After two plates-full of grub, I realize I feel as though I’m going to pass out. I’m not supposed to drive, drink alcohol, sign contracts, or otherwise participate in normal life for 24 hours after my Versed and Fentanyl cocktail.
We go home and I fall asleep and don’t wake up until the next morning.
Still foggy, I mess around on my computer. I’d downloaded some stuff the previous few days and decide today to clean out my download folder. Nothing to it, normally. Today’s not normal.
Rather than move my Download Files to the trash, I inadvertently move All Files there. I don’t realize my mistake until after clicking Okay in the Are you sure you want to permanently erase the items in the Trash? dialogue box.
Watching the individual files being disappeared into eternity, I think, Hey! Oh, Jesus H. Christ, I don’t want that trashed!
There’s no way to stop the trashing process except to cold quit the computer. I do so. When I restart it, my desktop is empty as is my home folder. Everything’s in the trash, including plenty of stuff I haven’t backed up yet. Thankfully, there were so many files in the trash that the process only disappeared a precious few of them. I have no idea what they are. I’ll learn what they are at some time in the future when I need them
As for the rest of the files, some 1500 of them, I move them from trash to the desktop. Of course, they’ve all been extracted from folders so I have to spend the next five or six hours reorganizing them.
The Loved One is having a better time of it as she’s preparing to drive up to Indianapolis for the Women’s March there. She’s wearing the Pink Pussy Hat Charlotte Zietlow gave me to give to her Thursday. She’s traveling with her pal Les and a work buddy. She’s asked if I’d wanted to come with. “You know, men are marching too,” she’d said.
I can’t go. I’m doing my part by working my colleague Susie’s shift at the Book Corner so she can bus it down to Washington for the big event.
The numbers are in: The Women’s March, collectively in cities across the nation, is said to be the single biggest protest in US history. Crowd estimates:
- Atlanta: 60,000
- Boston: 250,000
- Chicago: 250,000
- Denver: 200,000
- Los Angeles: 200,000-750,000
- Madison, Wisconsin: 100,000
- New York: 200,000-500,000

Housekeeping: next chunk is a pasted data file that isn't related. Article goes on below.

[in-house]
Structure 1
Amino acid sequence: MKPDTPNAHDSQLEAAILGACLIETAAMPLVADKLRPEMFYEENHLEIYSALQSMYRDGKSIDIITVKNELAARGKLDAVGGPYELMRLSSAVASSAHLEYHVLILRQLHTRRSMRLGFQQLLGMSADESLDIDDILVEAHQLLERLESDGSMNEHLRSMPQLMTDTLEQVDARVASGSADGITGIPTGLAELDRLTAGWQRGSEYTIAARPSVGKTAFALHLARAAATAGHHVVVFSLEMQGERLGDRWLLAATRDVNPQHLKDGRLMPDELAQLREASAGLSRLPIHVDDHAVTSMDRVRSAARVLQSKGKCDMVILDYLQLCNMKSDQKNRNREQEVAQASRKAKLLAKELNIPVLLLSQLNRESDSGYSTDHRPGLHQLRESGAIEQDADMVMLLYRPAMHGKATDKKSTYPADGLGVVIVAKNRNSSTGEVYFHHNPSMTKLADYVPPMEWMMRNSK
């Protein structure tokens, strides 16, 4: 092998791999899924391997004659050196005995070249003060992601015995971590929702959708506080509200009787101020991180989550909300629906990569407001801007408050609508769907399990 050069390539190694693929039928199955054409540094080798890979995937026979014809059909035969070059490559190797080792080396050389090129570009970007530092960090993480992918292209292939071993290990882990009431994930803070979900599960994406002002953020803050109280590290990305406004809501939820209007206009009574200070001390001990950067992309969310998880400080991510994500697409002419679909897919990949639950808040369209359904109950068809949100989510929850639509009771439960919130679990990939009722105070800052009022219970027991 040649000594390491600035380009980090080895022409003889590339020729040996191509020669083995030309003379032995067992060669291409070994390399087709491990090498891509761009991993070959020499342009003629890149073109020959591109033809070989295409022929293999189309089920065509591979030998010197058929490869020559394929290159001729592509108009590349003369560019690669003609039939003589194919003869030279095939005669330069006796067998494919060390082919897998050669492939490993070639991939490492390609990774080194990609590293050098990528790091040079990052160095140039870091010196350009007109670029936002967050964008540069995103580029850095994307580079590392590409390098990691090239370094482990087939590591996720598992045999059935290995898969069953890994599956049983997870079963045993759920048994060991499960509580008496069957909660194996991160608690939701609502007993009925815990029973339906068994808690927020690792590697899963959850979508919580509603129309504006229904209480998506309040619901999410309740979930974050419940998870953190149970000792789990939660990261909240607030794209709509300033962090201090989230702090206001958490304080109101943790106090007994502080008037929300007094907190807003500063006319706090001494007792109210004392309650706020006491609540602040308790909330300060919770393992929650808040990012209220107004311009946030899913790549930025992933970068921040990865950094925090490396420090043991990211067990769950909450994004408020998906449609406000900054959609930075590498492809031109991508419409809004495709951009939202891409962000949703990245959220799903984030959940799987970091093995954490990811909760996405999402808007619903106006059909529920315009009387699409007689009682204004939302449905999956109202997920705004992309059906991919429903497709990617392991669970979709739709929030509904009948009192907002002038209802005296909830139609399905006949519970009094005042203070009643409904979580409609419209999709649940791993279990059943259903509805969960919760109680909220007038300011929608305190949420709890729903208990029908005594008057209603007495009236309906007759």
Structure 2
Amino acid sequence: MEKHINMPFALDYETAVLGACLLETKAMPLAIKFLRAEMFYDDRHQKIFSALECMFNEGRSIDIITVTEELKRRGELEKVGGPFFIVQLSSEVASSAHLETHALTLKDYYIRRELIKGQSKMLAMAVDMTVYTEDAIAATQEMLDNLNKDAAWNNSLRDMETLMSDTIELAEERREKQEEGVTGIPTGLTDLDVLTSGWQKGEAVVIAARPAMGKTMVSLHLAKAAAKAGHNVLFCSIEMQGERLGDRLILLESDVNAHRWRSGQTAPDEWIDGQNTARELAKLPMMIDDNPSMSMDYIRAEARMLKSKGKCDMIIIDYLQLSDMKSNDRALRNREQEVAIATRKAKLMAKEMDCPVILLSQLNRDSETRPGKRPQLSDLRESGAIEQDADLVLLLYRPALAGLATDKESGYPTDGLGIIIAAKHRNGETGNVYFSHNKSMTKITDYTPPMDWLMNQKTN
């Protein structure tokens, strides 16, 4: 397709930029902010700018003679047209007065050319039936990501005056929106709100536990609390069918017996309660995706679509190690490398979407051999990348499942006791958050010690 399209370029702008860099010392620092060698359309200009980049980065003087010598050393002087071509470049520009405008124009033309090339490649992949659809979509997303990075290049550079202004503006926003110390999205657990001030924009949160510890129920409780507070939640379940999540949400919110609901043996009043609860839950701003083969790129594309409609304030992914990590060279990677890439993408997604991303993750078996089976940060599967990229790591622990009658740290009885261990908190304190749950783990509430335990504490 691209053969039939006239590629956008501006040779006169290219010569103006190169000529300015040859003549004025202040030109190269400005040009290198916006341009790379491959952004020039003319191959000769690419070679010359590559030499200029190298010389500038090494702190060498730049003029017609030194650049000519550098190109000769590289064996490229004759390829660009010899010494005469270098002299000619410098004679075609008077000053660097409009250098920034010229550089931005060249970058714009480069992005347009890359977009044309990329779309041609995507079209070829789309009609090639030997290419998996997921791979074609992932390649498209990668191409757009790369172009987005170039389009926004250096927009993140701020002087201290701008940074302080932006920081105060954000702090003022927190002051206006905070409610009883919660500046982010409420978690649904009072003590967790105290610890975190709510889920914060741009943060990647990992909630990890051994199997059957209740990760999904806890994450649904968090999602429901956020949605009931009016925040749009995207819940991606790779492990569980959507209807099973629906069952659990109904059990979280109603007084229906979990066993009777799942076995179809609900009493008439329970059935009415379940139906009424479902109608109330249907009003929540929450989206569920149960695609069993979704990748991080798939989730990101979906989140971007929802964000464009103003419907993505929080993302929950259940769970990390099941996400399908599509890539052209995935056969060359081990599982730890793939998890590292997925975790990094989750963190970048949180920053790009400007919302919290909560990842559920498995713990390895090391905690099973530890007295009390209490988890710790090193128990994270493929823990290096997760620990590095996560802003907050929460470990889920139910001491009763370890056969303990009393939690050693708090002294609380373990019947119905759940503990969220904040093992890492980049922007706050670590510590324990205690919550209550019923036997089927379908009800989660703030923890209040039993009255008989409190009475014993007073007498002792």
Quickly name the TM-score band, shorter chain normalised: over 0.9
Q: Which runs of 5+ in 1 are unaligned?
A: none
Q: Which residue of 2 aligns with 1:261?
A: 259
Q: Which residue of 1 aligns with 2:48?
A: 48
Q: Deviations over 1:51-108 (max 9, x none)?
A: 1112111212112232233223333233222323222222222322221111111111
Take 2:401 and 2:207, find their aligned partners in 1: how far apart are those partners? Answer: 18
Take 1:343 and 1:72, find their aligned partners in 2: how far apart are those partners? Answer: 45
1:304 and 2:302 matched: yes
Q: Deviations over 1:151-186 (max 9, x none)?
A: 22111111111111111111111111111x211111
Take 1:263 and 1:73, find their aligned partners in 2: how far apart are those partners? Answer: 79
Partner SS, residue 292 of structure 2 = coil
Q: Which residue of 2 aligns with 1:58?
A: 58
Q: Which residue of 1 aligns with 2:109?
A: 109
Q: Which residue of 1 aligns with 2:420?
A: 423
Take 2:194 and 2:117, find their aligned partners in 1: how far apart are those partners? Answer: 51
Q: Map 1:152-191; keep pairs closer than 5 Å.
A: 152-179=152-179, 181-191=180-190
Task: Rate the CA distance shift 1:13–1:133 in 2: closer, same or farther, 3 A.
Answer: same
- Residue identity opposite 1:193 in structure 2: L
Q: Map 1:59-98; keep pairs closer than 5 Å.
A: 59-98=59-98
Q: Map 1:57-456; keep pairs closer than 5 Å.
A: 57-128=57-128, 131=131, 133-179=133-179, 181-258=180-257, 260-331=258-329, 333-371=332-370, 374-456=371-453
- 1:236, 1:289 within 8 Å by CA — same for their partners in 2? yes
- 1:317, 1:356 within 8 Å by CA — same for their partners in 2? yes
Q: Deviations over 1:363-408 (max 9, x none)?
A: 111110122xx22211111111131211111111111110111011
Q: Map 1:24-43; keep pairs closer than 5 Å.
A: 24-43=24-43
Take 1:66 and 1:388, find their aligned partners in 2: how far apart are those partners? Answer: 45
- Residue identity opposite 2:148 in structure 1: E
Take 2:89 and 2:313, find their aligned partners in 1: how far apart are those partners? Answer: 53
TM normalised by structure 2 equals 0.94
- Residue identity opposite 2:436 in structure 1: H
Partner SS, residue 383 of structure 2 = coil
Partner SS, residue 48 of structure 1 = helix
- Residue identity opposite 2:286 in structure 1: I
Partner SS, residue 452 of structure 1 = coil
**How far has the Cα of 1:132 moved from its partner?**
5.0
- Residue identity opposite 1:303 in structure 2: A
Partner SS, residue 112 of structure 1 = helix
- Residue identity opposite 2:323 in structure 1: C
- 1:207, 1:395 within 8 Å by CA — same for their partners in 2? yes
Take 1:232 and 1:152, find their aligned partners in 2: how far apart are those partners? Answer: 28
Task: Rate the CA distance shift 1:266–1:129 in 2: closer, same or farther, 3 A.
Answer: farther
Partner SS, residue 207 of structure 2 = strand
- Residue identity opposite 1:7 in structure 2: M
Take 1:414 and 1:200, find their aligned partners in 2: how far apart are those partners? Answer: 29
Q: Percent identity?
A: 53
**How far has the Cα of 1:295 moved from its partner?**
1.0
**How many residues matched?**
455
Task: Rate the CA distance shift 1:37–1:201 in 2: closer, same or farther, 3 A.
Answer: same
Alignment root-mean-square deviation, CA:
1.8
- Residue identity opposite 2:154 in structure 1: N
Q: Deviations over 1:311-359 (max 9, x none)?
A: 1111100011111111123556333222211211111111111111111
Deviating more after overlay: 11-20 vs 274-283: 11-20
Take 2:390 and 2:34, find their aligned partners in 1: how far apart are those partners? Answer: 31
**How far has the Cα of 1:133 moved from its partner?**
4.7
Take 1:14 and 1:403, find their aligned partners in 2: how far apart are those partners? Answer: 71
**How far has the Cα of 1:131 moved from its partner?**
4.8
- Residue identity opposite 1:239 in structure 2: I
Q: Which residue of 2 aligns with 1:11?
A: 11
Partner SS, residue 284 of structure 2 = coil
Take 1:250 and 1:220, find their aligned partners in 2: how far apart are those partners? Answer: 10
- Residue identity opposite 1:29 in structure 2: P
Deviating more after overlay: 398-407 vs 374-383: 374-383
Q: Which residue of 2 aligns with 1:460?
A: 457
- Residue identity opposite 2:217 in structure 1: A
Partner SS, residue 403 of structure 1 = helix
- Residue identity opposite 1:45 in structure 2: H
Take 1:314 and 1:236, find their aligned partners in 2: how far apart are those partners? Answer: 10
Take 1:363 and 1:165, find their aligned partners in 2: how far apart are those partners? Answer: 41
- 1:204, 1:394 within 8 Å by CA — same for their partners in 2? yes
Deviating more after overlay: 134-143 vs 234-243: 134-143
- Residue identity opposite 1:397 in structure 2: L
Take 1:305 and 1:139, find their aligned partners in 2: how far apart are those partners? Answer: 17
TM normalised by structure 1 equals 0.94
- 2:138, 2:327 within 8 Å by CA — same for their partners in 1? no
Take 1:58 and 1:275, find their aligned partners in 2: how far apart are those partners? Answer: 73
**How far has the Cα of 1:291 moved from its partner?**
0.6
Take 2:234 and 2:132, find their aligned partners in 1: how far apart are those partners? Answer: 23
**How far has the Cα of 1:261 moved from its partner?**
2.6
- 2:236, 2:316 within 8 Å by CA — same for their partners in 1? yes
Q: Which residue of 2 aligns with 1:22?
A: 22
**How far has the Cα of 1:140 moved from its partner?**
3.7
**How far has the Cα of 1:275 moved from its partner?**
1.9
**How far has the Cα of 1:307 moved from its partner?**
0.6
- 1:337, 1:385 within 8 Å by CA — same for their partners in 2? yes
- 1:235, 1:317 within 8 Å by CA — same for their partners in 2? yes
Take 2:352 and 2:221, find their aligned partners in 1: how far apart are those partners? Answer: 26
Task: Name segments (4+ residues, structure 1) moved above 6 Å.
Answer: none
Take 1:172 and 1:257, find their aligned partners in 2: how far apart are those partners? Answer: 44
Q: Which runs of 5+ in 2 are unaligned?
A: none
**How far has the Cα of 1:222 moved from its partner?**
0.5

- Nashville, Tennessee: 20,000
- Oakland: 60,000
- Philadelphia: 50,000
- Pittsburgh: 20,000
- St. Paul, Minnesota: 60,000
- Washington: 500,000
Dang, mang. Sadly, Indy’s rally drew only 4500. Sigh, Indiana. Still, The Loved One and crew were there:
And, to put a perverse exclamation mark on it all, Indiana State Senator and certifiable jagoff Jack E. Sandlin posted the following on social media:
In one day, Trump got more fat women out walking than Michelle Obama did in eight years.
Now, let’s get those numbers out to the polls and toss bastards like him out of office at the very first opportunity. Then all the Saturday crowds won’t have been for naught.
Cernan grew up in west suburban Chicagoland. Not to be outdone, Lawrence County, just south of us in Bloomington, was home to Gus Grissom and two other guys who flew on Space Shuttle missions.
The nurses in the recovery room Friday told me the doctor had prescribed some powerful pain meds for me. As usual, I declined them. Hey, I’m a toughie, dig?
I put up a ceiling fan and light in the guest bedroom. I hardly give my glued-up incision a thought. Most shocking of all, I don’t blow up the house or fry myself.
A thought: Isn’t it cool that we don’t have to mess with stitches or staples after surgery anymore? Skin glue is in the Cyanoacrylate adhesive family that includes Krazy Glue™. Veterinarians began using the medical-grade variation on the broken bones of pet pooches and the like in the early 1970s. Gradually, its use was introduced in human medicine. Over time, researchers found gluing wounds closed was safer than suturing them, with fewer incidences of infection and reduced scarring.
Remember this TV commercial from the late 1970s and early ’80s?
On the computer, looking up the score of the Packers-Falcons game. Not that I care a fig about football but I have a soft spot for the Green Bay Packers of The Loved One’s home state. They got trounced.
While surfing, I get a notification from iCloud that I should back up my desktop. Bah, what do I care for iCloud? I decline. The dialogue box says something on the order of I can’t quit iCloud unless I back up my desktop. I look for the Leave Me The Fuck Alone button. Finding none, I select Cancel.
No. Just No.
Nope. Can’t cancel. iCloud repeats itself: I can’t leave it unless I back up my desktop. So I start the backup process. Then I decide, screw it, so I cancel the operation.
My entire desktop disappears once again. I shriek even more shrilly than when I’d made my files almost disappear on Saturday morning. The Loved One wonders if I’d suffered a heart attack. Me? I figure I’m in for a nervous breakdown, only I’m not doped up on Versed or Fentanyl to ward it off.
Bang, I get on the phone to the Apple help geeks. The rep walks me through the procedure to retrieve everything I thought I’d lost. After long minutes, we find all my lost files.
The Rep: “You’ll have to re-organize your desktop.”
Me: “That’s nothing. You saved me from a nervous breakdown.”
The Rep: “We don’t want you to have a nervous breakdown.”
And how was your weekend?